College, Career, and Civic Life (C3) Framework Standards:
- D2.His.1.9-12. Evaluate how historical events and developments were shaped by unique circumstances of time and place as well as broader historical contexts.
- D2.Civ.2.9-12. Analyze the role of citizens in the U.S. political system, with attention to various theories of democracy, changes in Americans’ participation over time, and alternative models from other countries, past and present.
Begin by asking students to journal or think-pair-share about an event that has changed their life. It may be helpful for the teacher to model this by retelling a story or describing a moment when his or her’s life was changed by an event.
- Give students time to think and write.
- If using the think-pair-share technique, then give students time to share with a partner.
- Facilitate a teacher-led discussion of events in student’s lives that have changed them.
Transition to the lesson by pointing out that Americans who participated in the Vietnam War always consider it to be a life-changing event. However, the war’s legacy is different for many people.
Introduce the essential question: What are the legacies of the Vietnam War?
- If necessary, write or project the word legacy on the board and define the term for the class before proceeding.
Give each student a copy of the Legacies of Vietnam | Two Column Notes worksheet and access to the video testimonies.
- As students work through the testimonies, they should begin to form an opinion about the essential question.
Give students ample time to work through all of the video testimonies. They will need to identify four of the interview subjects to write about in their worksheet, but they should take the time to listen to all of the testimonies.
Once students have completed the testimonies, bring the class together and have a large-group processing discussion about the essential question.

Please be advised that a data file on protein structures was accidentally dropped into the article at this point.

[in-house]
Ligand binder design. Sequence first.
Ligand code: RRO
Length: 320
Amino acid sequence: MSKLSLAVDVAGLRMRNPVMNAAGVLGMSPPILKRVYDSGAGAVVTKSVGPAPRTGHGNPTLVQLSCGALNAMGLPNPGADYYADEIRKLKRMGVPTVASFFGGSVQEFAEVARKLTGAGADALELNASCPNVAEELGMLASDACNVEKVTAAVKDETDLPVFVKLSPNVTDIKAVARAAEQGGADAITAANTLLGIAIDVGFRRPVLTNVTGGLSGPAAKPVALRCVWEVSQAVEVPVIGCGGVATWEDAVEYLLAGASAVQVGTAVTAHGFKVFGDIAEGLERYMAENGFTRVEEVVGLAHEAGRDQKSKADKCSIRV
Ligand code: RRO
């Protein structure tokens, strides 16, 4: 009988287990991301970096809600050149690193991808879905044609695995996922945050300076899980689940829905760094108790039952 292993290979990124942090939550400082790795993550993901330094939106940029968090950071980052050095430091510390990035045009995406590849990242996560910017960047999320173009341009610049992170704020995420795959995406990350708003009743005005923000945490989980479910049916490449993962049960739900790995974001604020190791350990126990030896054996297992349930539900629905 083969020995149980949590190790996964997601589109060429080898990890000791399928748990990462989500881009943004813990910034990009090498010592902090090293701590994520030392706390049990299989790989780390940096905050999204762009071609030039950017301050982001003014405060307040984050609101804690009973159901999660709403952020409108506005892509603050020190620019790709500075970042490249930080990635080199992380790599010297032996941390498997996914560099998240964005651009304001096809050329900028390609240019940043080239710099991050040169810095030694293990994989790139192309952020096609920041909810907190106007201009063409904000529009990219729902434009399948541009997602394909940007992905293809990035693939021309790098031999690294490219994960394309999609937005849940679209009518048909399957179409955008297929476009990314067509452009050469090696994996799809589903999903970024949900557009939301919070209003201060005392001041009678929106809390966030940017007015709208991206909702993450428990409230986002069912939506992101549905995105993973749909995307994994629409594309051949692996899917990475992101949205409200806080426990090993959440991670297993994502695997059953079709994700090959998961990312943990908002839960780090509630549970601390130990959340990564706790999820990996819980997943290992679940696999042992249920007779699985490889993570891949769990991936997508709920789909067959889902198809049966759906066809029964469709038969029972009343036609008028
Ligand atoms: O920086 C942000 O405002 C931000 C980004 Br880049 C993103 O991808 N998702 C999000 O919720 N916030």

- It may be helpful to categorize the testimonies by asking students to identify the testimonies that had expressed either positive or negative experiences from being in the war.
- It is essential during this discussion for students to identify quotes from the testimonies. The teacher could consider asking the following questions:
- “What are some of the ways the Vietnam War impacted the people in these videos?” When teacher receives a response, follow up with, “Great - tell me the quote from the interview that supports that point.”
Students should continue to update their notes as this discussion takes place.
Now transition to the final assessment. Students will write an argumentative essay about the following prompt:
- “I thought the Vietnam war was an utter, unmitigated disaster, so it was very hard for me to say anything good about it.” George McGovern. Many historians would agree with Mr. McGovern’s assessment of the Vietnam War. Do you agree with McGovern? Using what you have learned about the war, support, modify or refute this assessment using specific evidence.
This essay could be written in class, in the computer lab, or at home.
Hand out the Legacies of Vietnam | Essay Rubric and go over the key points with the students.
Give students ample time to compose their essays. Then grade them using the rubric. Allow an option for revision, if possible.